The new Forestry & Natural Resources Extension Fire Program has its first manager in Carrie Berger, whose experience with Oregon State University College of Forestry spans 12 years.
Berger will lead one state fire specialist and six regional fire specialists, who will be strategically placed in areas of greatest risk and need as the growing program expands. The fire program was funded by the Oregon Legislature in 2019 to create and support more cross-boundary work and provide education and outreach opportunities in the state.
Administered by the OSU Forestry & Natural Resources Extension Program, the group will focus on creating opportunities for landowners and help facilitate forest and range management plans, as well as create a healthy respect of fire through education and outreach efforts that include kindergarten to 12th grade students.
“You can think of the fire program team as ‘boundary spanners,’” said Berger, whose most recent position was associate leader of the OSU Forestry & Natural Resources Extension Program. “The team will work to build those important partnerships that are so crucial to mitigating Oregon’s risk of catastrophic wildfire.”
In the time of COVID-19, Berger has stepped up to provide online learning opportunities, including a webinar series on Fire Prevention and Preparedness in Oregon.
Berger, who has a bachelor’s degree in forest science from the University of Wisconsin-Madison and a master’s degree in forestry from the University of Minnesota, formerly worked in forestry research in OSU’s Department of Forest Ecosystems & Society. But she said she prefers the outreach aspect of Extension.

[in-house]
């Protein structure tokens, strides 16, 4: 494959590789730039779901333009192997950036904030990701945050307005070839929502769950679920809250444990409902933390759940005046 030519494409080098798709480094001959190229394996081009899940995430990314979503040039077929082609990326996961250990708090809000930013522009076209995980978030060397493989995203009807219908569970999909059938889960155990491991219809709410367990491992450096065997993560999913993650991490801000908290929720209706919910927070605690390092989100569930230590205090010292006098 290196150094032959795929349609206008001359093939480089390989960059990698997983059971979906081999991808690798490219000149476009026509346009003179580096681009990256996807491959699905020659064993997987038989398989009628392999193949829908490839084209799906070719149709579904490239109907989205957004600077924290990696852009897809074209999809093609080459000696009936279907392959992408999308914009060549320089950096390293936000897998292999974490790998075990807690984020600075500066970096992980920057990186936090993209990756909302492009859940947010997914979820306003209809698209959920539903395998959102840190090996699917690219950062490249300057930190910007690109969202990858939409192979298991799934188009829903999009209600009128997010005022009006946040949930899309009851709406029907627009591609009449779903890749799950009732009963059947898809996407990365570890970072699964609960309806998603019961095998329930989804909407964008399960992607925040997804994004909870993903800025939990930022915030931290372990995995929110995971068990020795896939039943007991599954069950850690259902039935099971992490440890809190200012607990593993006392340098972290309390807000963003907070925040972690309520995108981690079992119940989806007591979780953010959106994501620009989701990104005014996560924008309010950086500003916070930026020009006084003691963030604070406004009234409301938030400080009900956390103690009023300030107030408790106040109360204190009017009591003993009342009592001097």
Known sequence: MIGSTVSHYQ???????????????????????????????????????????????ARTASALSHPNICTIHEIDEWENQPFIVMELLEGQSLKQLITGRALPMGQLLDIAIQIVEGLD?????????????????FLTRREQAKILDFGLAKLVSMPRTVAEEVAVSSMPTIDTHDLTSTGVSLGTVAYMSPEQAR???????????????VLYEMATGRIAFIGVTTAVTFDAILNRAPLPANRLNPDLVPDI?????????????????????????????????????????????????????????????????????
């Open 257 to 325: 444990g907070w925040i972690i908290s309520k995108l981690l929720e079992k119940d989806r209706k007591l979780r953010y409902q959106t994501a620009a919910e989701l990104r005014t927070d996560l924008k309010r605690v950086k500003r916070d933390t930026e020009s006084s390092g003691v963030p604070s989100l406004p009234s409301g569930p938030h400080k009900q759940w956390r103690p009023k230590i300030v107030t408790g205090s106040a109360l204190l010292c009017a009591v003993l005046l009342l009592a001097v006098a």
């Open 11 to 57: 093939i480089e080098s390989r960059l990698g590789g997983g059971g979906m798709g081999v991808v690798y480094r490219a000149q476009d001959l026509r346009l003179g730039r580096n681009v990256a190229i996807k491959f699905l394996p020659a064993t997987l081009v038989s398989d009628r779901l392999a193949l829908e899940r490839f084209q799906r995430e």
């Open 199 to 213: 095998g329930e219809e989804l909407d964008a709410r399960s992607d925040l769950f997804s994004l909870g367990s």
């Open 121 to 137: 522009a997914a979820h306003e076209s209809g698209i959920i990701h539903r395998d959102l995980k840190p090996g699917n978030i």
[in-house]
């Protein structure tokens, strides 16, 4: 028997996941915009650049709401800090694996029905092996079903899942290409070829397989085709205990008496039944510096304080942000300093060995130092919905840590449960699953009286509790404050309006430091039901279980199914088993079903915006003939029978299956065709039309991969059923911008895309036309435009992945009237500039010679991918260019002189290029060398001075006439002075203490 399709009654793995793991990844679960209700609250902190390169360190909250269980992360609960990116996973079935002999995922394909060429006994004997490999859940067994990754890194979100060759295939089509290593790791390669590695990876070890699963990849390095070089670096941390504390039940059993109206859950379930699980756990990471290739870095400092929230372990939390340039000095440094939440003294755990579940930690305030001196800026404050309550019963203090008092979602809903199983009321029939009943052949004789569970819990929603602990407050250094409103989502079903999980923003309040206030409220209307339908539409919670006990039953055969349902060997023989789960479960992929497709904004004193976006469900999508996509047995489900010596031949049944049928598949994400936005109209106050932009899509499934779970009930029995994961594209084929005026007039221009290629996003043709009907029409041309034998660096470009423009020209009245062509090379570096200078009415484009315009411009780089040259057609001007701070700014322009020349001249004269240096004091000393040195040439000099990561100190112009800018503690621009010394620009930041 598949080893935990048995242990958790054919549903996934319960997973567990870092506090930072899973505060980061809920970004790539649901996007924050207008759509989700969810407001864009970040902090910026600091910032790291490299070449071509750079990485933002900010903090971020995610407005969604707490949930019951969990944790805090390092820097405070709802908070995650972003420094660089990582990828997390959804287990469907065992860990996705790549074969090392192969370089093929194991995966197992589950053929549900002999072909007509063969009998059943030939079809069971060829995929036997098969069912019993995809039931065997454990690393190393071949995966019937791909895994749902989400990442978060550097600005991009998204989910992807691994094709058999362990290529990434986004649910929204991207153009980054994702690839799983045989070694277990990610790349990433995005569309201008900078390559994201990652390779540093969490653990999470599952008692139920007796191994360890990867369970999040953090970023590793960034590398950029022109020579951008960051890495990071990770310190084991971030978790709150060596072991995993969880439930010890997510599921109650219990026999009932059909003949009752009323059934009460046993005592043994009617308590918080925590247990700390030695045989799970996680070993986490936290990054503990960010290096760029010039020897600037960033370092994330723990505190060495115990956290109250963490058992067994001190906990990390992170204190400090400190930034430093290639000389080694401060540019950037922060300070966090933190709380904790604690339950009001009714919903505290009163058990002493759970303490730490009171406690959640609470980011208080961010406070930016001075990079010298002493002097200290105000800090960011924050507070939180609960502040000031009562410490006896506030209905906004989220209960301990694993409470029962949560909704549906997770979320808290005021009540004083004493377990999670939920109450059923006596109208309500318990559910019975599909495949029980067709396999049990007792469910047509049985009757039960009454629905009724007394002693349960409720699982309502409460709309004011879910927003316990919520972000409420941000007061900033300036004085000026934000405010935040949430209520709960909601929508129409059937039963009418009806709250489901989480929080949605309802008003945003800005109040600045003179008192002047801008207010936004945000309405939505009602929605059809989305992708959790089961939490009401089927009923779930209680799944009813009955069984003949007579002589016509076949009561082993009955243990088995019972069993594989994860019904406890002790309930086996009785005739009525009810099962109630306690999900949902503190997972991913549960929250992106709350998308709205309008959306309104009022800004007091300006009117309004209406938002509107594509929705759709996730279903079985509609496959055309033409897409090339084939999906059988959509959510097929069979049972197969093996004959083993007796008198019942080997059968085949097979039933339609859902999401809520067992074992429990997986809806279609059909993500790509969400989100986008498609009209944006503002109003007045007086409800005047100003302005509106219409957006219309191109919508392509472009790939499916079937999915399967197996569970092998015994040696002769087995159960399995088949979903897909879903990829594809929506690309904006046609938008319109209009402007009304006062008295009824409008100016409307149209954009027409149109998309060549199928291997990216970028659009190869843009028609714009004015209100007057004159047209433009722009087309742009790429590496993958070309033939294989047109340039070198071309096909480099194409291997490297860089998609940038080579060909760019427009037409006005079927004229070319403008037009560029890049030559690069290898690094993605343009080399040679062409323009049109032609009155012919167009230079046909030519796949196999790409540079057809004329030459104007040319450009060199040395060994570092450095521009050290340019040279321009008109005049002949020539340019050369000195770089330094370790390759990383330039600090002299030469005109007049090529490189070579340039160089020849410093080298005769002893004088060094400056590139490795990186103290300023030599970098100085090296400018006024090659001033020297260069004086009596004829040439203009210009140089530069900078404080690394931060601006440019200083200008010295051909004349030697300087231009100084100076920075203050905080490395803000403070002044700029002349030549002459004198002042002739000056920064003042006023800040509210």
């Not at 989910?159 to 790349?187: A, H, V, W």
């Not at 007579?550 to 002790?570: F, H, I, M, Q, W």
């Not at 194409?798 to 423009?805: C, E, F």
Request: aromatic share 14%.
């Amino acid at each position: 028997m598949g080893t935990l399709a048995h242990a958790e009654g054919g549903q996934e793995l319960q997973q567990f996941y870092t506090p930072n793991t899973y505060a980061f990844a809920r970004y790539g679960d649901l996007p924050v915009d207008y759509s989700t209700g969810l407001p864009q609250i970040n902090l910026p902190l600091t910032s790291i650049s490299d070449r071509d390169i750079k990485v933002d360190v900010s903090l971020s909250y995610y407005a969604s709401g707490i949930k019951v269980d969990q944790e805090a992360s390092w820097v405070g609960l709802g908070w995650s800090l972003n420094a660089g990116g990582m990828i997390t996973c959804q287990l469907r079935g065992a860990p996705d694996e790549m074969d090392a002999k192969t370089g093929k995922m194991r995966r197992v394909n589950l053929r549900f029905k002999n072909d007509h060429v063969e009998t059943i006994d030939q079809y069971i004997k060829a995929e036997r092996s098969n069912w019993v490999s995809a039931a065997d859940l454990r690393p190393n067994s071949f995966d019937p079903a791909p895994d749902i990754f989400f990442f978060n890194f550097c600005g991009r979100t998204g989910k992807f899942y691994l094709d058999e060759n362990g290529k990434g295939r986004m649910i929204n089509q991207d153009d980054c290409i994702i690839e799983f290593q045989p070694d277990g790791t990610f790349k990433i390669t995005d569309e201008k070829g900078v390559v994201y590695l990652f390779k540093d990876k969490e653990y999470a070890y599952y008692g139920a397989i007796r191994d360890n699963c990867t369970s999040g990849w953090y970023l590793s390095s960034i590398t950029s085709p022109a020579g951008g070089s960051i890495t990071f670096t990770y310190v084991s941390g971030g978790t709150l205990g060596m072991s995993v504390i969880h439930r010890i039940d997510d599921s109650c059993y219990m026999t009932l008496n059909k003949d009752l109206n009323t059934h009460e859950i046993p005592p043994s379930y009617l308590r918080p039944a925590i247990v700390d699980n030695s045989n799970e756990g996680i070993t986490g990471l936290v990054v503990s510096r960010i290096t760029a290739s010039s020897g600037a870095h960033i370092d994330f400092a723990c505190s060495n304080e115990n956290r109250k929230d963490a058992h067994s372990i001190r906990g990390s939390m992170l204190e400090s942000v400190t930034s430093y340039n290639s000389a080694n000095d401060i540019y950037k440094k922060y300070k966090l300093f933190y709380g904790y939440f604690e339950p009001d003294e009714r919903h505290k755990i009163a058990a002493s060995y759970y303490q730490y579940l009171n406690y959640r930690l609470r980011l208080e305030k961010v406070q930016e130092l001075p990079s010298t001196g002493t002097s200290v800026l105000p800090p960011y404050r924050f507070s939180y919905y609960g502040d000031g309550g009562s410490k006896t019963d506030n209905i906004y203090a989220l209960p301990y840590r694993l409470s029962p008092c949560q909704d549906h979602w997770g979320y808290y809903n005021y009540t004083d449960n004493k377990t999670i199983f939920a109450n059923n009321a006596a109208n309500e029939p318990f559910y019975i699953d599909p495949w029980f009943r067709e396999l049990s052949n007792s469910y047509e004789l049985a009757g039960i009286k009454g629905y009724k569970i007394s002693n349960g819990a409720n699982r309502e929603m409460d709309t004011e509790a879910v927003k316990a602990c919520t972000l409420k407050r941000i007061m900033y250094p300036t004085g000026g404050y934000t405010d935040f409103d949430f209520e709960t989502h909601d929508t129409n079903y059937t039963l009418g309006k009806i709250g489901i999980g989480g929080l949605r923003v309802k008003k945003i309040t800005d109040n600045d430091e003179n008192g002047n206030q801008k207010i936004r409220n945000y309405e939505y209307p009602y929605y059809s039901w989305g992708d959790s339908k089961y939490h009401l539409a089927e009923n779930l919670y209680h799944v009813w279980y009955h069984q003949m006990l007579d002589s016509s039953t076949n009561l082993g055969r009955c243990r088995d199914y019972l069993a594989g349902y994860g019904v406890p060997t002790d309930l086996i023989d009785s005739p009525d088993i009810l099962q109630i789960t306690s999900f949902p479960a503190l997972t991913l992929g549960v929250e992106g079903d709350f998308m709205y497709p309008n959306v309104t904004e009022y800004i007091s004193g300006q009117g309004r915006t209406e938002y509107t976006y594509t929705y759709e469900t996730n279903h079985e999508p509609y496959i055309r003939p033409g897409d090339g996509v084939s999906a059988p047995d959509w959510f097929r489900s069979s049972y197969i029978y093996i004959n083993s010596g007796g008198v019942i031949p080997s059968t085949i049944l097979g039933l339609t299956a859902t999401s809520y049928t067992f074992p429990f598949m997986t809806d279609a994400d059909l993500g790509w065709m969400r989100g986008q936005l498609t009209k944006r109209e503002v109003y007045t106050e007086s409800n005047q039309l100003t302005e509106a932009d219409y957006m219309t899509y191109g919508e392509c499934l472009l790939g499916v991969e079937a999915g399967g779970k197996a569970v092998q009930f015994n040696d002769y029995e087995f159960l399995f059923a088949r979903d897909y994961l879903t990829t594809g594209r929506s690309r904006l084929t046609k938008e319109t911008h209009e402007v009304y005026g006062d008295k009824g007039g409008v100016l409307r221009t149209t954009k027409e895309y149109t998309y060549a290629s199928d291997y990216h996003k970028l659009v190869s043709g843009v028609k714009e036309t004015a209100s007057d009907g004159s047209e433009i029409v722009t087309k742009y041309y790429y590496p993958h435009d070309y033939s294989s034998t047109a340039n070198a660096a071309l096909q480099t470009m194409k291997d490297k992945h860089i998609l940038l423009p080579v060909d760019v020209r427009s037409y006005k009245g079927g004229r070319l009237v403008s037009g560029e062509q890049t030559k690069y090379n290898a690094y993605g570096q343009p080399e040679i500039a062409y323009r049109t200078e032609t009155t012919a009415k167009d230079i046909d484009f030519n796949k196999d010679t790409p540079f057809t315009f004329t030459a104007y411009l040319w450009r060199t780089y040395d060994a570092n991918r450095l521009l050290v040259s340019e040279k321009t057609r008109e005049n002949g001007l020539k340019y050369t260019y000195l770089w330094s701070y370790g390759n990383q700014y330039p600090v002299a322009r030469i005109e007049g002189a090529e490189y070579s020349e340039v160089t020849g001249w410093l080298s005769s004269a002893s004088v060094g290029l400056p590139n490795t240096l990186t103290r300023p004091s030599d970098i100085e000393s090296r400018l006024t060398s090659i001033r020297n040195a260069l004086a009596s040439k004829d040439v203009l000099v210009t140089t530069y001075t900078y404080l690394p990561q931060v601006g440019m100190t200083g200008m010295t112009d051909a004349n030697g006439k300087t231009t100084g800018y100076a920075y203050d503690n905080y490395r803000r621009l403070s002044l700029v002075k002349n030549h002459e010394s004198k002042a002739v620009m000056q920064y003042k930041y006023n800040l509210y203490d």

“I love it so much I could work 12-plus hours a day,” Berger said. “I feel grateful coming from a research background that Extension saw my potential and gave me this opportunity. Every single day in Extension, I contribute to the bigger picture and make a difference in people’s lives. That’s why I’m so passionate about it.”
As she gets started in her new position, Berger will lead her team in creating a strategy for fire communications that will include educational materials, outreach to media sources and new partnerships, which she said is key for the program.
“I’m proud that the fire program was built from the ground up with input from our Forestry & Natural Resources Extension team and from stakeholders through needs assessments,” she said. “I’m also proud this program in Extension is one of the first of its kind across the nation.
The program focuses on all land in Oregon, Berger said, including areas like the Willamette Valley, which has not traditionally been seen as a high-risk fire region. Education on how to manage for wildfire risk may be completely different for each area of the state. The six regional fire specialists will assess and focus on the needs of their specific areas.
“Fire can happen,” she said. “Even in the valley. We have to build knowledge. We have to teach people how to live with fire and to mitigate the risk.”